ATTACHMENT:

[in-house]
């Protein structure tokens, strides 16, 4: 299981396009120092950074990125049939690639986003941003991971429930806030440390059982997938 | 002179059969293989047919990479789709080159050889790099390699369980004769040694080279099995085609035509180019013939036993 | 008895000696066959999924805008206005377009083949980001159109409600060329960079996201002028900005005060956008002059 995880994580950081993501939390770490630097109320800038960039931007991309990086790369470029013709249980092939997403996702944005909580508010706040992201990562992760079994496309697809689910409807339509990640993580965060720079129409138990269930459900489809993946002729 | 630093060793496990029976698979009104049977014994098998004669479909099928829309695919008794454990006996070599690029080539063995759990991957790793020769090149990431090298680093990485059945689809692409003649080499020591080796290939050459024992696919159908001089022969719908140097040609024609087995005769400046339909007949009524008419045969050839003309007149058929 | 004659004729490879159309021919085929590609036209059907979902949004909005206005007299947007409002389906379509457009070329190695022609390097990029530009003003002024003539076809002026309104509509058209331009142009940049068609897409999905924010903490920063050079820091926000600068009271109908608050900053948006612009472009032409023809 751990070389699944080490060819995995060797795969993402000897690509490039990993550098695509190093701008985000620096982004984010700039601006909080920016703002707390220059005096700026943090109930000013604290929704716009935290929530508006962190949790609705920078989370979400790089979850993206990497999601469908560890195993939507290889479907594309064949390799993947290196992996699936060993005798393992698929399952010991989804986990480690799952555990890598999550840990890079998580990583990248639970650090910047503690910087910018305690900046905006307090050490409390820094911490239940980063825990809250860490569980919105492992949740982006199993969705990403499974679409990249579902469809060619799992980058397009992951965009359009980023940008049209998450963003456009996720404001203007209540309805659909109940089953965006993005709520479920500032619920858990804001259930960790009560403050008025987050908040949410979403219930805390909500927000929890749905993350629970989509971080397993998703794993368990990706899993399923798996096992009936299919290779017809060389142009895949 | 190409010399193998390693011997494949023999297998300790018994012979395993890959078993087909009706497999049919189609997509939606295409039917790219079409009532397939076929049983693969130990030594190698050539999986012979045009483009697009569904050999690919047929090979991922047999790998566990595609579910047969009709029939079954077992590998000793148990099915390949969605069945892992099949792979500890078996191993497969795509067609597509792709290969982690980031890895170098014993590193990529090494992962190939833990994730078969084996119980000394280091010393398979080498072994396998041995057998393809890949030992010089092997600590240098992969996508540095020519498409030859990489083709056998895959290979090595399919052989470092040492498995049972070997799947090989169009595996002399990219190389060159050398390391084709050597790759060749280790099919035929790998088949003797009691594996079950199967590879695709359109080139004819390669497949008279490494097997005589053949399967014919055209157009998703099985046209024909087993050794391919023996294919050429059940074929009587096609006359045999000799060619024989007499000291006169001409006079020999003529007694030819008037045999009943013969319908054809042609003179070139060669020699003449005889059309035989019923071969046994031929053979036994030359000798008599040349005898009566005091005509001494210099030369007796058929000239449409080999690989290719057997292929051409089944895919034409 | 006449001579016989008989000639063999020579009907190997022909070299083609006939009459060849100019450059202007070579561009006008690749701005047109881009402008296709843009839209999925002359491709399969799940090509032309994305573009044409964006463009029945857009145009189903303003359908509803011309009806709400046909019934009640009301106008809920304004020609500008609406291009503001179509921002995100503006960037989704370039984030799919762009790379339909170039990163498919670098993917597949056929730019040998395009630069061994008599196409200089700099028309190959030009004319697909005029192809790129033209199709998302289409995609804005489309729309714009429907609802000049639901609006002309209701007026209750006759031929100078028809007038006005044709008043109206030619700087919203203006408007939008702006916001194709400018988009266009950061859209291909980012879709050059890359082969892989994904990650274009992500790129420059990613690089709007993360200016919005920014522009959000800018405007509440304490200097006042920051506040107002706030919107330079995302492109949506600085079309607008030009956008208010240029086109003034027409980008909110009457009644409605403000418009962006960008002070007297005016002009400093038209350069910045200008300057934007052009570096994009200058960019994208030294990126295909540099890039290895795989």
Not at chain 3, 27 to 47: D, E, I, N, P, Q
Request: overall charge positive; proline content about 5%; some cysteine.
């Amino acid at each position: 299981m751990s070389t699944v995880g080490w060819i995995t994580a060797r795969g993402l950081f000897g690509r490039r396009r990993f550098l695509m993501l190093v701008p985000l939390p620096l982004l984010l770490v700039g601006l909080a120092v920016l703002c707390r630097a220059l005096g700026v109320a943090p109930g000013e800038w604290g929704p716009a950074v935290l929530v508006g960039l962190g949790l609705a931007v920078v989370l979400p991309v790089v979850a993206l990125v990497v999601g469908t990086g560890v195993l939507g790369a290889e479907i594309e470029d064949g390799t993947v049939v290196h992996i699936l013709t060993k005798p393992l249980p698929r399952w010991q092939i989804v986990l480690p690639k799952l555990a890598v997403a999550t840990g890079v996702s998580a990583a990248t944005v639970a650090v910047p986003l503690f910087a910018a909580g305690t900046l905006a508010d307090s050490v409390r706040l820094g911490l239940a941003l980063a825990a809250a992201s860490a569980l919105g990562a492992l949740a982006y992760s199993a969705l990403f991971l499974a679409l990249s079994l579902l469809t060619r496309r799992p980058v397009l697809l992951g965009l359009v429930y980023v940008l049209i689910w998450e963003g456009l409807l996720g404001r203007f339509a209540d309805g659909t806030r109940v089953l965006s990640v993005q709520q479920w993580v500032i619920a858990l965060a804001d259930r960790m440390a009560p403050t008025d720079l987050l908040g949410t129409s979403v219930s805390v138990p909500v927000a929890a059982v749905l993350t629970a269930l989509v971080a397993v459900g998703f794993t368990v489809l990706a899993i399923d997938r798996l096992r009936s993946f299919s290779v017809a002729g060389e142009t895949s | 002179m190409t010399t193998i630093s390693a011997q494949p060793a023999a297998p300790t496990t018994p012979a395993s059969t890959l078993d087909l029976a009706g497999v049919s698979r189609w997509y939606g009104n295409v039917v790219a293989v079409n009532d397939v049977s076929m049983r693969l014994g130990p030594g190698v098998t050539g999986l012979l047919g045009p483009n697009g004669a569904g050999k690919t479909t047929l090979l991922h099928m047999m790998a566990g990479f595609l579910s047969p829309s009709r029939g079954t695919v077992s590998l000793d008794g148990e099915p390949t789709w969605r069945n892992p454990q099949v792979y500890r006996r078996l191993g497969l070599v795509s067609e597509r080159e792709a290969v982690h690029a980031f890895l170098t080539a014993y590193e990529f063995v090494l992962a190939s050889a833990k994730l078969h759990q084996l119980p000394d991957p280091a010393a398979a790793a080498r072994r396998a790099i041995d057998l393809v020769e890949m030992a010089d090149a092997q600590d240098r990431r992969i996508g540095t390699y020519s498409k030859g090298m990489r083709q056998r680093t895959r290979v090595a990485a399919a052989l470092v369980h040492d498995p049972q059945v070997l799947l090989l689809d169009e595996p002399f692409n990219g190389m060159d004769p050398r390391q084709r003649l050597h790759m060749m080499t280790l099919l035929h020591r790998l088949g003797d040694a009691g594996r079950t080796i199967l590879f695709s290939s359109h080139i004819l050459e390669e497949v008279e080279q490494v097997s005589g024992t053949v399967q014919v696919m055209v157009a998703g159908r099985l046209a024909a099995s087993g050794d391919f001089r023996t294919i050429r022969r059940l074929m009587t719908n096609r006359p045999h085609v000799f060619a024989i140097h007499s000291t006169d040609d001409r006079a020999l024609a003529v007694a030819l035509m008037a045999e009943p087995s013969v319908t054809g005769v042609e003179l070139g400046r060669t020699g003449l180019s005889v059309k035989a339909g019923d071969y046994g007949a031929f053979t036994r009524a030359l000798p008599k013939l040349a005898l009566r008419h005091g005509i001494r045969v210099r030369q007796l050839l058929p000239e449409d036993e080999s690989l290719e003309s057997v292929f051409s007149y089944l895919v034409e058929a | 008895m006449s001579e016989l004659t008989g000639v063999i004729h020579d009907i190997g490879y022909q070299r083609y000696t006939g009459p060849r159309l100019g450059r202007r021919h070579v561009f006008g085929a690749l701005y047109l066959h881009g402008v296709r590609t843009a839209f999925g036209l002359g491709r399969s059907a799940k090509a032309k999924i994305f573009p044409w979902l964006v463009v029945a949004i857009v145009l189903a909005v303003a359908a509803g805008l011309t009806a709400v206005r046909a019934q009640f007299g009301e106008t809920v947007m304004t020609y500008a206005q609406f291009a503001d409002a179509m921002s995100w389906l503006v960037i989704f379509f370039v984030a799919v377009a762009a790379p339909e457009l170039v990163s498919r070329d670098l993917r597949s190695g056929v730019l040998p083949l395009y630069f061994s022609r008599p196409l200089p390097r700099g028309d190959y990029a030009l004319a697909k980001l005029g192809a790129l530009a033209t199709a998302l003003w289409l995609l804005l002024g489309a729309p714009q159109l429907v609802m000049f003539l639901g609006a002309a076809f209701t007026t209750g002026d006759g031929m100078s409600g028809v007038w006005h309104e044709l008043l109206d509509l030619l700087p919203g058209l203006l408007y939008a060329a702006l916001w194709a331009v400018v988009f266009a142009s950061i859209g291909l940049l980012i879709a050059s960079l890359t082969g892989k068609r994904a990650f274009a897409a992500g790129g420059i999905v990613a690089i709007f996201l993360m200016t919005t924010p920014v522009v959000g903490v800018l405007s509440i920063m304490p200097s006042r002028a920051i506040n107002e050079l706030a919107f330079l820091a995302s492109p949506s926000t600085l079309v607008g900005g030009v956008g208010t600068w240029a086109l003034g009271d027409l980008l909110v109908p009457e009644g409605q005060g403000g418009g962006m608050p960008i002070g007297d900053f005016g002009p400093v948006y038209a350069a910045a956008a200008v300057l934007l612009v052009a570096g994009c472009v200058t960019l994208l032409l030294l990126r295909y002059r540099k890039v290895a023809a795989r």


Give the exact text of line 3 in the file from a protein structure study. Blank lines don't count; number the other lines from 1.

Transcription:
Not at chain 3, 27 to 47: D, E, I, N, P, Q